How the next-gen of aviatrix can become high flyers
Female pilots remain a rarity, especially in Africa, but the African section of the 99s is on a constant mission to change that.
Worldwide, 6% of pilots are women, with less than 1% represented in Africa. However, the African section of the 99s International Organisation of Women Pilots is working hard to improve this figure.
The organisation was established in 1929 by 99 female pilots, founded by Amelia Earhart. It currently has more than 6,000 members, divided into chapters and sections depending on their geographical locations, from 44 countries.
At the helm in Africa is governor Ivana Alvares-Marshall.
“The African section works with schools in Africa through grassroot programmes to help enthuse girls to look into gaining a career in aviation,” she explained.
“The organisation teaches educational sessions to young people, concentrating on girls. However, boys also will benefit.
“We aim to bolster science, technology, engineering, and mathematics (STEM) subjects in Africa through the ‘girls wings for Africa’ (GWFA) project. Working with underprivileged children, visiting local schools in villages, and starting STEM camps will inspire a new generation achieve their goals.”
The African section partnered with the Airbus Foundation in 2020 to launch Airbus little engineer (ALE) – an interactive digital programme in Malawi, promoting STEM in aviation. The aim is to educate 10-to-16-year-olds through a series of interactive online 3D modelling workshop.
Alvares-Marshall said: “Financial difficulties and the exorbitant costs of becoming a pilot are what hinder females joining. It is through STEM initiatives and scholarships that we can help raise future generations to join the aviation sector.
“Any aviatrix holding a current pilot licence or student pilot licence may join the African Section 99s. We are looking for partners who would be willing to add programmes to our existing ones for variety, or would like to sponsor some of the resources for our STEM programmes.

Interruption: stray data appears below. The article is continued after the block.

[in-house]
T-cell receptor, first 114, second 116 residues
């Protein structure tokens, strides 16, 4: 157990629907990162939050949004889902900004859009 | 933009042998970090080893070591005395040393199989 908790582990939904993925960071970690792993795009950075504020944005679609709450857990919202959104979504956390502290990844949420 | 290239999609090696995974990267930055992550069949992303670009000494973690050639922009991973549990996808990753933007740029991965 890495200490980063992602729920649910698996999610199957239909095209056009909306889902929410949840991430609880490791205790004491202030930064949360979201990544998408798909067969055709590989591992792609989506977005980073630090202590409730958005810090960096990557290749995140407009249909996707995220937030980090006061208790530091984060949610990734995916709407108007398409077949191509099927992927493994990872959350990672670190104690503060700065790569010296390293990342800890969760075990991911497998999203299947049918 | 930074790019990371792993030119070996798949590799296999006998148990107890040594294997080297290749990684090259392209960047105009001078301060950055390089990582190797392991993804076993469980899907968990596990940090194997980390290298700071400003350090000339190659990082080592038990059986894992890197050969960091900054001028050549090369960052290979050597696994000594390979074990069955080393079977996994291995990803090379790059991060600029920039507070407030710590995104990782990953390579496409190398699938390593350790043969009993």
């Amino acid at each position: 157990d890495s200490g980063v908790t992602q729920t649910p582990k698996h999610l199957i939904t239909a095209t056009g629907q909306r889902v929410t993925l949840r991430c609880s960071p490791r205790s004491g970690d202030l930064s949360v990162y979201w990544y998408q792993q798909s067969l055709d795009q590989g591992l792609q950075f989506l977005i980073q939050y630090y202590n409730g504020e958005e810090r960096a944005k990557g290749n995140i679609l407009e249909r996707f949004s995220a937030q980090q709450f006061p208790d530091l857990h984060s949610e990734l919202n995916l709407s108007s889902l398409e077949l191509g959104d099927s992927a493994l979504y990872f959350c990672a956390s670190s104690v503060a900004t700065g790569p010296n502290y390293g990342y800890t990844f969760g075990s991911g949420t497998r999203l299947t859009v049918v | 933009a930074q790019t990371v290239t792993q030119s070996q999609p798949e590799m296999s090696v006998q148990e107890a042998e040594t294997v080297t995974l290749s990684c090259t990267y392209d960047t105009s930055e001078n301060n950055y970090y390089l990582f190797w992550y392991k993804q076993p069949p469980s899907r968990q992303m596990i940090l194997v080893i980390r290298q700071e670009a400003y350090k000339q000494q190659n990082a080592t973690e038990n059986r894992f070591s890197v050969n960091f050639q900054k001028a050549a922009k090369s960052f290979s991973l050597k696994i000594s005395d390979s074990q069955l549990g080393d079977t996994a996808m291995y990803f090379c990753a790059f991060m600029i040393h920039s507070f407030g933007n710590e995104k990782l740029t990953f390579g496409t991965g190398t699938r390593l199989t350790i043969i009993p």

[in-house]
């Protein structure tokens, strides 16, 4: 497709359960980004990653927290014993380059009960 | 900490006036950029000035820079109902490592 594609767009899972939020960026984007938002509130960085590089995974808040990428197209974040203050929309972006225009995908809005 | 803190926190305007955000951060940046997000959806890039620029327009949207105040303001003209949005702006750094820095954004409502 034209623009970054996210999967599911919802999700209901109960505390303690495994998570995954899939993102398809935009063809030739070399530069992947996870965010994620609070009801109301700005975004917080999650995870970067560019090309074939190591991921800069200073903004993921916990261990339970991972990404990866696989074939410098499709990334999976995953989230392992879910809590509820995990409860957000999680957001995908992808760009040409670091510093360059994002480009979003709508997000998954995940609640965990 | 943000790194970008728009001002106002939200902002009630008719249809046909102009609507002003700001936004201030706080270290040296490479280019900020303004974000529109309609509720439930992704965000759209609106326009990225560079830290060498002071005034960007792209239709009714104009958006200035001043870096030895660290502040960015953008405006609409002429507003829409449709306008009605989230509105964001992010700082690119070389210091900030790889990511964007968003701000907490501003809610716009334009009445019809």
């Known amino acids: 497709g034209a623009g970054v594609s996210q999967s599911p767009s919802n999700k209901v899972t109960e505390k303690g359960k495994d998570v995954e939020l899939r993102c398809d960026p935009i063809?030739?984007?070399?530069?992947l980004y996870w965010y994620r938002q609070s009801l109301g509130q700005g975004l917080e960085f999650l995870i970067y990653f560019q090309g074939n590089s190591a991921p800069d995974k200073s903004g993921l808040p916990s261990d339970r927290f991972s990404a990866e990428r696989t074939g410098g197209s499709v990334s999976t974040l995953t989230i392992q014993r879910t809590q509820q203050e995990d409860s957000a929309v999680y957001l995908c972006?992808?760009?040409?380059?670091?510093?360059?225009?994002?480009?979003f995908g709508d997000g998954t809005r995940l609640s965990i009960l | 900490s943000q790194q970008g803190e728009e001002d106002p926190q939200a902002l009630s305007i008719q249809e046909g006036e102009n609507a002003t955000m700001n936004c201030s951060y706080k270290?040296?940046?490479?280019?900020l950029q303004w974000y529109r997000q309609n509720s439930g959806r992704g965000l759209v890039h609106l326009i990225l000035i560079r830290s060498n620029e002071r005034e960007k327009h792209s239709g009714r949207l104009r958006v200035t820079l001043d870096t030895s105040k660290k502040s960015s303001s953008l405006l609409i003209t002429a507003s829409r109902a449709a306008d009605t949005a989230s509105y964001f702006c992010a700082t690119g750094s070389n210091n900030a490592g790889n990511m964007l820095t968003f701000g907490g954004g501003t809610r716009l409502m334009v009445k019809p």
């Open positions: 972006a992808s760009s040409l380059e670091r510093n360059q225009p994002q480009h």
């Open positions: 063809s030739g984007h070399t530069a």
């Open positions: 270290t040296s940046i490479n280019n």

“Females in Africa need to build networks inside and outside of their organisations, work with gender diversity programmes, promote and support other women, be a mentor and role model.”
For Alvares-Marshall, her interest in aviation was sparked when she as 10 years old.
“The dream of becoming a pilot started when I did a round-the-world-trip and was emigrating to New Zealand with my parents,” she explained.
“Years ago, airlines would allow passengers to visit the cockpit on long-haul flights. On one of those journeys I asked if I could visit and, to my surprise, they allowed me to. There I was, a little girl sitting on the jump seat, mesmerised by all the switches, lights, and the beautiful night sky. I was hooked immediately and made it my ambition.”
Today, back home in Malawi, she works for a corporate bank flying a King Air B200, which involves some bush flying.
However, while she is flying high now, Alvares-Marshall did experience discrimination on occasion.
“I experienced misogynistic behaviour, sexism, harassment, gender discrimination, pay difference all in the workplace, as well as racism in just ordinary day-to-day living,” she explained.
“These are things that I and other women in aviation have experienced. There is a small minority of men who may cause problems for women but the majority of the time most want to see you succeed and applaud your success. It was the men who welcomed me into aviation and continue to support my career.”
Now she enjoys working with communities in Malawi sharing her passion for aviation.
“I was honoured to receive the award of inspiration 2021 for the works we have been doing from the 99s,” she said.
In 2019 she organised the first international women pilot’s conference to be held on the African continent hosted in Malawi. The next will be held in Tanzania in 2024.”
What is her advice to any African youngster dreaming of becoming an aviatrix? “The key is to be passionate in what you do. Be bold and go for it,” she concluded.
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